|Title||Use of Advance Directives in US Veterans and Non-Veterans: Findings from the Decedents of the Health and Retirement Study 1992-2014.|
|Publication Type||Journal Article|
|Year of Publication||2023|
|Authors||TUNG, HO-JUI, Yeh, M-C|
|Keywords||Advance directives, United States, Veterans|
Evidence shows that older patients with advance directives such as a living will, or durable power of attorney for healthcare, are more likely to receive care consistent with their preferences at the end of life. Less is known about the use of advance directives between veteran and non-veteran older Americans. Using data from the decedents of a longitudinal survey, we explore whether there is a difference in having an established advance directive between the veteran and non-veteran decedents. Data were taken from the Harmonized End of Life data sets, a linked collection of variables derived from the Health and Retirement Study (HRS) Exit Interview. Only male decedents were included in the current analysis (N = 4828). The dependent variable, having an established advance directive, was measured by asking the proxy, "whether the deceased respondent ever provided written instructions about the treatment or care he/she wanted to receive during the final days of his/her life" and "whether the deceased respondent had a Durable Power of Attorney for healthcare?" A "yes" to either of the two items was counted as having an advance directive. The independent variable, veteran status, was determined by asking participants, "Have you ever served in the active military of the United States?" at their first HRS core interview. Logistic regression was used to predict the likelihood of having an established advance directive. While there was no difference in having an advance directive between male veteran and non-veteran decedents during the earlier follow-up period (from 1992 to 2003), male veterans who died during the second half of the study period (from 2004 to 2014) were more likely to have an established advance directive than their non-veteran counterparts (OR = 1.24, < 0.05). Other factors positively associated with having an established advance directive include dying at older ages, higher educational attainment, needing assistance in activities of daily living and being bedridden three months before death, while Black decedents and those who were married were less likely to have an advance directive in place. Our findings suggest male veterans were more likely to have an established advance directive, an indicator for better end-of-life care, than their non-veteran counterparts. This observed difference coincides with a time when the Veterans Health Administration (VHA) increased its investment in end-of-life care. More studies are needed to confirm if this higher utilization of advance directives and care planning among veterans can be attributed to the improved access and quality of end-of-life care in the VHA system.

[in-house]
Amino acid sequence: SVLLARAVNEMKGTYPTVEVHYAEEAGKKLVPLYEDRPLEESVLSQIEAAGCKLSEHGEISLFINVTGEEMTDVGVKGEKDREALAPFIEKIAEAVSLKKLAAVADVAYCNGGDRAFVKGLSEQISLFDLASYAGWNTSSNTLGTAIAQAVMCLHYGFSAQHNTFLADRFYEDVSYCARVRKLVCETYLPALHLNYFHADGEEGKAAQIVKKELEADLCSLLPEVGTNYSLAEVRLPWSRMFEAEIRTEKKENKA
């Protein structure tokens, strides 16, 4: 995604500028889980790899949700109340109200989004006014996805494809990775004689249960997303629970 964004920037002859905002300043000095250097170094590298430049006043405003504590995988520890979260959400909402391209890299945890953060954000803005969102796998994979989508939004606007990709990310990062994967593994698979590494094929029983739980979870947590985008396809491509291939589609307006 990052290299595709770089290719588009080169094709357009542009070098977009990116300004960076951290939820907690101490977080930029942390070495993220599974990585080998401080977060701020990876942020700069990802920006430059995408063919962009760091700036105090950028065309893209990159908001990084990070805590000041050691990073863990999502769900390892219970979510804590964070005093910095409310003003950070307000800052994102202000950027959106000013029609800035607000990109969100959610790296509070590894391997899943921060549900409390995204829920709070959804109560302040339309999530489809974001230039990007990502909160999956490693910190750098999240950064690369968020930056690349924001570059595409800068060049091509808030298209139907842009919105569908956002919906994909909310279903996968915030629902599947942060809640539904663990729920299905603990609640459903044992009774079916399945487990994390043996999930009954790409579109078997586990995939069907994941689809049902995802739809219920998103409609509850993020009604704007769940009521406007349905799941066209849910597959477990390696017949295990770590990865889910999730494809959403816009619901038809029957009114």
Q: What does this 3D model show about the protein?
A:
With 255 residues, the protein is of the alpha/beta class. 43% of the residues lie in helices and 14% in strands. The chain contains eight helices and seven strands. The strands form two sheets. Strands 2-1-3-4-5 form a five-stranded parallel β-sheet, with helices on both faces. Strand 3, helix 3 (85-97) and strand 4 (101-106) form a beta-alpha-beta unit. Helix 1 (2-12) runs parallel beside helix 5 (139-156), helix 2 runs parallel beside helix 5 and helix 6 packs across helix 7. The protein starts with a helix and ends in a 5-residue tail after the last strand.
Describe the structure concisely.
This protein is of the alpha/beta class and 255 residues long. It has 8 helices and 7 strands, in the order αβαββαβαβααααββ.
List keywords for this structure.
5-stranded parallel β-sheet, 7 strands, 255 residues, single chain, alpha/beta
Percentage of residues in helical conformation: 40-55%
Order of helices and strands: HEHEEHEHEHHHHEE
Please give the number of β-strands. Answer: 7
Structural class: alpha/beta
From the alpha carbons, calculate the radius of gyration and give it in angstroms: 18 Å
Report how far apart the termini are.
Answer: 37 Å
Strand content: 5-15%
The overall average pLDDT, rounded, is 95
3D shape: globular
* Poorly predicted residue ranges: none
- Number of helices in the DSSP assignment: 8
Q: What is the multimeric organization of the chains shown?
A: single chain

|PubMed Central ID||PMC10341334|